Aces on Bridge — Daily Columns

The Aces on Bridge: Sunday, May 1st, 2016

In an intermediate-caliber Club Pairs game my partner dealt himself: ♠ A-2, 5-3, A-K-J-7, ♣ K-Q-10-9-4. What is this hand worth on opening bid, and how do you plan to rebid after a major-suit response?

Chock Full o’Nuts, Macon, Ga.

The combination of a 5-4-2-2 pattern and a small doubleton, coupled with an easy way to show extras, makes this a ‘no-contest’. Open one club and rebid two diamonds over either major-suit response or over a response of one no-trump. You could easily persuade me to open one no-trump, if you switched round the heart five and club king.

When responding to a no-trump with a long major I’ve been accustomed to transferring at the two level, then jumping to game. Is this best, or is a treatment someone recommended to me, of Texas Transfers, a sounder idea?

Dump Truck, Great Falls, Mont.

In a strong no-trump base it might certainly make sense to use direct four-level transfers to the majors with no slam interest, or when about to follow up with an ace-ask, having set the major as trump. Meanwhile, a two-level transfer followed by a raise to game is a mild slam-try with a six-card suit, while a two-level transfer if followed by four no-trump is quantitative not Blackwood. And for the record, a transfer and jump to the four level in a new suit is a self-agreeing splinter. This also applies to a transfer to spades followed by a jump in hearts.

At a recent session of rubber bridge we had quite a few throwins/all pass. During the postmortem it was observed that we rarely see or hear about this by experts (probably because such hands don’t make the highlight reel). My question is, how common is this in an expert game?

No Bid for Bacon, Boca Raton, Fla.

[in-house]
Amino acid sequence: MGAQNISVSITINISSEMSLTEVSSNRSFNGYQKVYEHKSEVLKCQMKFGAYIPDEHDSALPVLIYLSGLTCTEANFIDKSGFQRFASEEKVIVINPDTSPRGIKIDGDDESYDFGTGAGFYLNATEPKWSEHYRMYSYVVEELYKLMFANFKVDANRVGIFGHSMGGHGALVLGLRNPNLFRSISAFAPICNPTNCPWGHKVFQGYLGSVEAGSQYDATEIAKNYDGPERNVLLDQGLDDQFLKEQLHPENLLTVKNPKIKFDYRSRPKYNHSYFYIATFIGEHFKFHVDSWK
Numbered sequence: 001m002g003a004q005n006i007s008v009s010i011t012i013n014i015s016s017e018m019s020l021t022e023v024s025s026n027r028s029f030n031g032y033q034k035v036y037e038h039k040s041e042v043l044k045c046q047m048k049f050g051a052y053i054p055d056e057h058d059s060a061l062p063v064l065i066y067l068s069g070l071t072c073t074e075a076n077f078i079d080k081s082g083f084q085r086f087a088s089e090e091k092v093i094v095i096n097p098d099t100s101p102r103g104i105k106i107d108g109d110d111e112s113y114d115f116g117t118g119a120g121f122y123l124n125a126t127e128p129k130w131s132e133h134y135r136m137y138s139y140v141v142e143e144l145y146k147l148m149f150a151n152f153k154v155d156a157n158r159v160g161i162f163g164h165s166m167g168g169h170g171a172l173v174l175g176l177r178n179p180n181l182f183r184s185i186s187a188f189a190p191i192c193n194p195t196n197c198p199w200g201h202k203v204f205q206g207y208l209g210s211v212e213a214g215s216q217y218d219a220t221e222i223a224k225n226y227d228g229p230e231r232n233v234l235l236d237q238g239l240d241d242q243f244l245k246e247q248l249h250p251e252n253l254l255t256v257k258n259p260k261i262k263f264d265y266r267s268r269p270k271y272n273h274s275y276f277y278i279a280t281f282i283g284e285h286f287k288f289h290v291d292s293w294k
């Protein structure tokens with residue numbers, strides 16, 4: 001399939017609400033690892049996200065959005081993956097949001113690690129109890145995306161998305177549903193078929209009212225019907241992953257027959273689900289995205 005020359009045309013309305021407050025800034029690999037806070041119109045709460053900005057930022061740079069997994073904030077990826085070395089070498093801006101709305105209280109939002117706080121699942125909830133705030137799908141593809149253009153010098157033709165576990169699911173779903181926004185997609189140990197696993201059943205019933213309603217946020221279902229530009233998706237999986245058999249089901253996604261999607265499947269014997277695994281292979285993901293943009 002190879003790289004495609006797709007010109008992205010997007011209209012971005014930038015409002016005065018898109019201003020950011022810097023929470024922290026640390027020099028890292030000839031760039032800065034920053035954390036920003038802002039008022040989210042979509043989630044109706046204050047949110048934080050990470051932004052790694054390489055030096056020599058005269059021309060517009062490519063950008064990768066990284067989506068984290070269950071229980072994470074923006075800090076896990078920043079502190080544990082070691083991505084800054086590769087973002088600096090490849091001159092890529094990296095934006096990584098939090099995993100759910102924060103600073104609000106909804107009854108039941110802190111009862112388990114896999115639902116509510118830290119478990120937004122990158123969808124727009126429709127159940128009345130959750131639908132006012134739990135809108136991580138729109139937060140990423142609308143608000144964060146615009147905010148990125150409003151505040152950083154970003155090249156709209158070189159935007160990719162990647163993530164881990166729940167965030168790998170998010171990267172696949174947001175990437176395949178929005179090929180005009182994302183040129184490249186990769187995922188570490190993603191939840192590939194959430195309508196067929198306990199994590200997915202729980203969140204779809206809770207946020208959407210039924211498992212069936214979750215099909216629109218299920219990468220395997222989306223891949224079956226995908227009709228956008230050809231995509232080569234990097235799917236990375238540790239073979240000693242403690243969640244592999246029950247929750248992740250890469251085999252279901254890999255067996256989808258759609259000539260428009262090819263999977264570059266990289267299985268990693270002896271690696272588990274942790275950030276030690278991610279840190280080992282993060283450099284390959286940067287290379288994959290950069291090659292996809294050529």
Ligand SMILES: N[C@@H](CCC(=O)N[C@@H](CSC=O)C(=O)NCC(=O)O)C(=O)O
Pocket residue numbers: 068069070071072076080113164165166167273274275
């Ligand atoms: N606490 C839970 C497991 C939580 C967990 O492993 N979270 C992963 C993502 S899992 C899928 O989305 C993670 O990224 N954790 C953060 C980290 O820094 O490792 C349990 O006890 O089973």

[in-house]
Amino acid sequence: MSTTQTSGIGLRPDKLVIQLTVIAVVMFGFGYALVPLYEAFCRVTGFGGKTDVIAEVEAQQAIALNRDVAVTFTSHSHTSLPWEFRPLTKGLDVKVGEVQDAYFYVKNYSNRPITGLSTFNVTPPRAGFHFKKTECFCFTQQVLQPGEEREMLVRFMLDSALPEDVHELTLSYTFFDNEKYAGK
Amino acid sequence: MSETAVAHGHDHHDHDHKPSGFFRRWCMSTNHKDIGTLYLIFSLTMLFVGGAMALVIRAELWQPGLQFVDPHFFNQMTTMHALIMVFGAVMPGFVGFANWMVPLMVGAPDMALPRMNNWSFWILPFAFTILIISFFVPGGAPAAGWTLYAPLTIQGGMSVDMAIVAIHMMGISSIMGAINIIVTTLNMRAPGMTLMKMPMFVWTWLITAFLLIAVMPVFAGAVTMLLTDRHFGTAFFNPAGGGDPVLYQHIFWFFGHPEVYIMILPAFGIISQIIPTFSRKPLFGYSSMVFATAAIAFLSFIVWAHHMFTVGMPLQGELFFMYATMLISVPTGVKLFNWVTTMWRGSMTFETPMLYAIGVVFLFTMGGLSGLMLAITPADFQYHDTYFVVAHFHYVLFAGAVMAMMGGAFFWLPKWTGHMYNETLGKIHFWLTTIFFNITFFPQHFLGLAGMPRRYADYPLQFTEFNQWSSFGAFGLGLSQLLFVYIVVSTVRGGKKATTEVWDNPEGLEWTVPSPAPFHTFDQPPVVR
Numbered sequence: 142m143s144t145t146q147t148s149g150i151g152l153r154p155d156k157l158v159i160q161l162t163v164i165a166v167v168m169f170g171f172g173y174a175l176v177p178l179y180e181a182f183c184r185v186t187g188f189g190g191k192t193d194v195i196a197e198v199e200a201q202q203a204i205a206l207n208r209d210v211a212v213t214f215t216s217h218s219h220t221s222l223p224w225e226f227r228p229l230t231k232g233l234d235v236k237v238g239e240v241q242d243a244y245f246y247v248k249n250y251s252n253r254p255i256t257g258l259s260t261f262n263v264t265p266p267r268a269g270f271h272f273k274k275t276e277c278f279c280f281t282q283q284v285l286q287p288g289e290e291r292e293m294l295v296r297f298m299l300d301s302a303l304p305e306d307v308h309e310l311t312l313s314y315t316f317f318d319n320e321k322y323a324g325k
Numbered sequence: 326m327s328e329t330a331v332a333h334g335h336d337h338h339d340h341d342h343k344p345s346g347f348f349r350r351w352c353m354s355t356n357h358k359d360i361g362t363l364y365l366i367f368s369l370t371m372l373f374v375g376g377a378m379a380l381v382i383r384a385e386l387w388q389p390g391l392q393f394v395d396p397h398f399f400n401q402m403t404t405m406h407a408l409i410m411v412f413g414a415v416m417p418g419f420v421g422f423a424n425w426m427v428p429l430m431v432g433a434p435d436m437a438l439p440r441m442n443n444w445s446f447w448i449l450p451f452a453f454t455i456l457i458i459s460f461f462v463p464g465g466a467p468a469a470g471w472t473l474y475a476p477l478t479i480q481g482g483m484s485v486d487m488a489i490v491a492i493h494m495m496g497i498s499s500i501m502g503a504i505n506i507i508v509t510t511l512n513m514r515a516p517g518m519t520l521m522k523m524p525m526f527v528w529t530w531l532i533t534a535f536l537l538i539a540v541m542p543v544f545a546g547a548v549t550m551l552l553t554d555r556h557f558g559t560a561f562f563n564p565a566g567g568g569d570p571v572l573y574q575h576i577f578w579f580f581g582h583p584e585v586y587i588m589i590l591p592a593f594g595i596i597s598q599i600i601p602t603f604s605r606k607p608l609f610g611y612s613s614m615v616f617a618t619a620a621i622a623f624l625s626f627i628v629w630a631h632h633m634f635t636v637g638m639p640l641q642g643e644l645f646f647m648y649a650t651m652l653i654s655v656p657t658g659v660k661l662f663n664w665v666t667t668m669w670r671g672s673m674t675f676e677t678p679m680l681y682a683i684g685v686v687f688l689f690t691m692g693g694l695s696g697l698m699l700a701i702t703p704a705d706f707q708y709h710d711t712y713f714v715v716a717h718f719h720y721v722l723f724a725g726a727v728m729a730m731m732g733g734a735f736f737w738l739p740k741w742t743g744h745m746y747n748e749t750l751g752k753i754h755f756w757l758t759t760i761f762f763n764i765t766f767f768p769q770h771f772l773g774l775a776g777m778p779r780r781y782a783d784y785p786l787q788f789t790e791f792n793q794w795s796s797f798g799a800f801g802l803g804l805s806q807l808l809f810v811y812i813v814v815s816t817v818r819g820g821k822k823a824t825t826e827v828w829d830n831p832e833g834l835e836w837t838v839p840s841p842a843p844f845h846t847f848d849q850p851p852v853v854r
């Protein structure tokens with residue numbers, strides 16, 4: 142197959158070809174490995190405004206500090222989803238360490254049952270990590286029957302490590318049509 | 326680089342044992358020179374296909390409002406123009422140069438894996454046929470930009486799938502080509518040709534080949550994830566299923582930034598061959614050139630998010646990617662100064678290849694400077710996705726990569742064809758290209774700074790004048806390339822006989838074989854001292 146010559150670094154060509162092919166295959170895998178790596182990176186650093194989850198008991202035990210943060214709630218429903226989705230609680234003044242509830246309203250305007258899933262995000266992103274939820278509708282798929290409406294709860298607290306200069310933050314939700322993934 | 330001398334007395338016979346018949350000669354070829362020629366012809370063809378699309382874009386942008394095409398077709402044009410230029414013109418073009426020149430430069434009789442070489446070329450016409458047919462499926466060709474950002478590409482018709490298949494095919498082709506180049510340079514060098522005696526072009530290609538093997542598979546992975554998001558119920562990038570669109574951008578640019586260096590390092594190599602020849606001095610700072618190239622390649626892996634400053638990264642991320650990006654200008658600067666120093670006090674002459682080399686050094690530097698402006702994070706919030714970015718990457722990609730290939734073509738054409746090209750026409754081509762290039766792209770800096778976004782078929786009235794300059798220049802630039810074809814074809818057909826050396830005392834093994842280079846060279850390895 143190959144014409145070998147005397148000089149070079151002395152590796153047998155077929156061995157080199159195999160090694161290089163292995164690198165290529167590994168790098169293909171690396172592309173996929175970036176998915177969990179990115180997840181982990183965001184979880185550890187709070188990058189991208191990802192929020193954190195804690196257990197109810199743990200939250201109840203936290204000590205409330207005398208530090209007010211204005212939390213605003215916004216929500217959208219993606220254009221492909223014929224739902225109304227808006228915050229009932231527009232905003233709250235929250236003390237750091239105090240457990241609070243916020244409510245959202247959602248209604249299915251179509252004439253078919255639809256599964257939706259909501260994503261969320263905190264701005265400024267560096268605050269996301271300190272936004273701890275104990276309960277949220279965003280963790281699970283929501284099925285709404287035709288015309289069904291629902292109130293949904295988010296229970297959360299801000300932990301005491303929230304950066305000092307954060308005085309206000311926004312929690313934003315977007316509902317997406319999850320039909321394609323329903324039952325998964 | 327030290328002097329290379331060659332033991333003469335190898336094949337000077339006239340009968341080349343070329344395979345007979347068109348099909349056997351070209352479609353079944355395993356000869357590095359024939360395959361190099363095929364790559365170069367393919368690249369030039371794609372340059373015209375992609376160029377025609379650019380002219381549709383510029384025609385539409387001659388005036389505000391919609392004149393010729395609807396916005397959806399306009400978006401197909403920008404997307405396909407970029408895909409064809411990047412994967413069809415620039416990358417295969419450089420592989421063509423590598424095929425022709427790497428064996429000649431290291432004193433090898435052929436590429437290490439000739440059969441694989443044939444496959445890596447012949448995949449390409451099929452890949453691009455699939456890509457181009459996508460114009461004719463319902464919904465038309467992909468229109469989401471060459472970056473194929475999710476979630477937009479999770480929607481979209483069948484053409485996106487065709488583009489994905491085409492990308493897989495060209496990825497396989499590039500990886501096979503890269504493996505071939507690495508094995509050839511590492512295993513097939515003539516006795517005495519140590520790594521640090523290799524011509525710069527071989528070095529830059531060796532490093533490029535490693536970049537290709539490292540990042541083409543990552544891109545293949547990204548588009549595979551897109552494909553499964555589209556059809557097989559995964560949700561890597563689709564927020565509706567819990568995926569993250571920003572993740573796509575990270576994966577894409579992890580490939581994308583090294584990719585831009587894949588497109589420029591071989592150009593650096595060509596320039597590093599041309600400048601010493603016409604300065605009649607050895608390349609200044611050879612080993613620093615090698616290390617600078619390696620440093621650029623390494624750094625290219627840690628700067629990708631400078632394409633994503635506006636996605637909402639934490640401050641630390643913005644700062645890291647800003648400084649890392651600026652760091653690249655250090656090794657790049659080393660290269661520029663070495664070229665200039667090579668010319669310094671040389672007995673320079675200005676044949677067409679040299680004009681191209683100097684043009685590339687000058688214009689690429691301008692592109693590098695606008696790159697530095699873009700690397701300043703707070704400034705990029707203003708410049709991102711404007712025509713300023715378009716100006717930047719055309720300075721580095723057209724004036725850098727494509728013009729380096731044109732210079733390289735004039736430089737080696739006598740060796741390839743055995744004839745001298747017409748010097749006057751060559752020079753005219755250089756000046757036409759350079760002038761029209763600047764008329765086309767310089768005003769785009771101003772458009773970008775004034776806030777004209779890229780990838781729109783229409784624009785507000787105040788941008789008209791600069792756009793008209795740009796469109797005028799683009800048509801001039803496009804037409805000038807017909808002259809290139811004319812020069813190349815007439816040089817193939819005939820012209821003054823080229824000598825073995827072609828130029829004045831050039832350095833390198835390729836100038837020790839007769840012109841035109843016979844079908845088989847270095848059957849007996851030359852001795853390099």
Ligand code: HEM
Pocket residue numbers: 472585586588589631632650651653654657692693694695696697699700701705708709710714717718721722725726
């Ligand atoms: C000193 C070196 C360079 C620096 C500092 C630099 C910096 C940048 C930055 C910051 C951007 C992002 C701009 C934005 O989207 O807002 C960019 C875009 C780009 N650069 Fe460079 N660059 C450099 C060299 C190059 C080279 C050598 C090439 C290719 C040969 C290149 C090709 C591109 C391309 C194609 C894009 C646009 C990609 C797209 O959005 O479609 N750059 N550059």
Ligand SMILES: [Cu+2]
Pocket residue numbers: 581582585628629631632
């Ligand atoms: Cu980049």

These days in third or fourth seat it sometimes seems that 11-counts are opened as a matter of routine by most (though not by me, but I’m getting old). My view is that I open in third with a decent suit or moderate values. In fourth seat if my partner has passed nonvulnerable and I have 10/11 without spades, I may well pass. But I don’t pass 12-counts that often.

A multiple part question for you. At pairs you hear a minor-suit preempt to your left passed round to you. You hold: ♠ A-8-2, A-5-3-2, Q-5-3, ♣ K-9-4. Would you ever balance over a preempt in clubs or diamonds at the three-level… or over a two diamond preempt? Would the vulnerability affect your choice?

Truly Scrumptious, Winston Salem, N.C.

Since I would act over a one-level minor opening in direct or balancing seat (with a double in direct seat or a balancing notrump in fourth seat) I feel as if I am almost bound to reopen, probably by doubling. If my opponents are non-vulnerable it would seem only right to pass if RHO is trapping or I’m turning a minus into a plus. And yet…I might have to read my RHO’s table-action to give you my answer. Neither doubling nor passing could be crimed.

With both sides vulnerable you hold ♠ K, J-8, K-Q-9-8-3-2, ♣ A-Q-J-2. After one spade to your left, raised to two, you bid three diamonds and hear three spades to your left. Would you bid again? And if you do act, how do you rate double, four clubs, or even three no-trump for the minors?

Pat the Dog, Sioux Falls, S.D.

Pass feels wrong, so I would act; but double guarantees heart length, so that is out. Thus the choice is reduced to four clubs or three no-trump, which in my book would show diamonds with secondary clubs. That looks too good to be true, doesn’t it? But I don’t see the catch — unless you think three no-trump is to play. I do not.

For details of Bobby Wolff’s autobiography, The Lone Wolff, contact If you would like to contact Bobby Wolff, please leave a comment at this blog. Reproduced with permission of United Feature Syndicate, Inc., Copyright 2016. If you are interested in reprinting The Aces on Bridge column, contact